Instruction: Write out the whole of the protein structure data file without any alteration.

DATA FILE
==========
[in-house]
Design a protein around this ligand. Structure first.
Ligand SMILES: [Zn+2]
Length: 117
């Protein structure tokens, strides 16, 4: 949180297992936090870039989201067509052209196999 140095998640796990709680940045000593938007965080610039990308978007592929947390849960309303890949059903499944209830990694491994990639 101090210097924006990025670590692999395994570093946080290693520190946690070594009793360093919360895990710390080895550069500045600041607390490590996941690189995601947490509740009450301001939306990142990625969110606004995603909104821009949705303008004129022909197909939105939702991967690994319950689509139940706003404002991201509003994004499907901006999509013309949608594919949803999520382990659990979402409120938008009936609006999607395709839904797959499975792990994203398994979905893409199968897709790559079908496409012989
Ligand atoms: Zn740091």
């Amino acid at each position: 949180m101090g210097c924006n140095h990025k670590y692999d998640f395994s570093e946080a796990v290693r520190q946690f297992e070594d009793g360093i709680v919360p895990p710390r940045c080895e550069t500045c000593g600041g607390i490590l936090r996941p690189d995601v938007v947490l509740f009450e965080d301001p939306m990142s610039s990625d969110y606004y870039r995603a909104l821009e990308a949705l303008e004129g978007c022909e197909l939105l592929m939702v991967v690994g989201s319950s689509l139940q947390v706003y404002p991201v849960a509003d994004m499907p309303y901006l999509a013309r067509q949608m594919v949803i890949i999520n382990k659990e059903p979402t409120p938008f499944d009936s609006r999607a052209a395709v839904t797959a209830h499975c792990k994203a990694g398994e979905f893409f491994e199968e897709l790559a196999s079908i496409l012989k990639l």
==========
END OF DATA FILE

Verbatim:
[in-house]
Design a protein around this ligand. Structure first.
Ligand SMILES: [Zn+2]
Length: 117
């Protein structure tokens, strides 16, 4: 949180297992936090870039989201067509052209196999 140095998640796990709680940045000593938007965080610039990308978007592929947390849960309303890949059903499944209830990694491994990639 101090210097924006990025670590692999395994570093946080290693520190946690070594009793360093919360895990710390080895550069500045600041607390490590996941690189995601947490509740009450301001939306990142990625969110606004995603909104821009949705303008004129022909197909939105939702991967690994319950689509139940706003404002991201509003994004499907901006999509013309949608594919949803999520382990659990979402409120938008009936609006999607395709839904797959499975792990994203398994979905893409199968897709790559079908496409012989
Ligand atoms: Zn740091």
């Amino acid at each position: 949180m101090g210097c924006n140095h990025k670590y692999d998640f395994s570093e946080a796990v290693r520190q946690f297992e070594d009793g360093i709680v919360p895990p710390r940045c080895e550069t500045c000593g600041g607390i490590l936090r996941p690189d995601v938007v947490l509740f009450e965080d301001p939306m990142s610039s990625d969110y606004y870039r995603a909104l821009e990308a949705l303008e004129g978007c022909e197909l939105l592929m939702v991967v690994g989201s319950s689509l139940q947390v706003y404002p991201v849960a509003d994004m499907p309303y901006l999509a013309r067509q949608m594919v949803i890949i999520n382990k659990e059903p979402t409120p938008f499944d009936s609006r999607a052209a395709v839904t797959a209830h499975c792990k994203a990694g398994e979905f893409f491994e199968e897709l790559a196999s079908i496409l012989k990639l």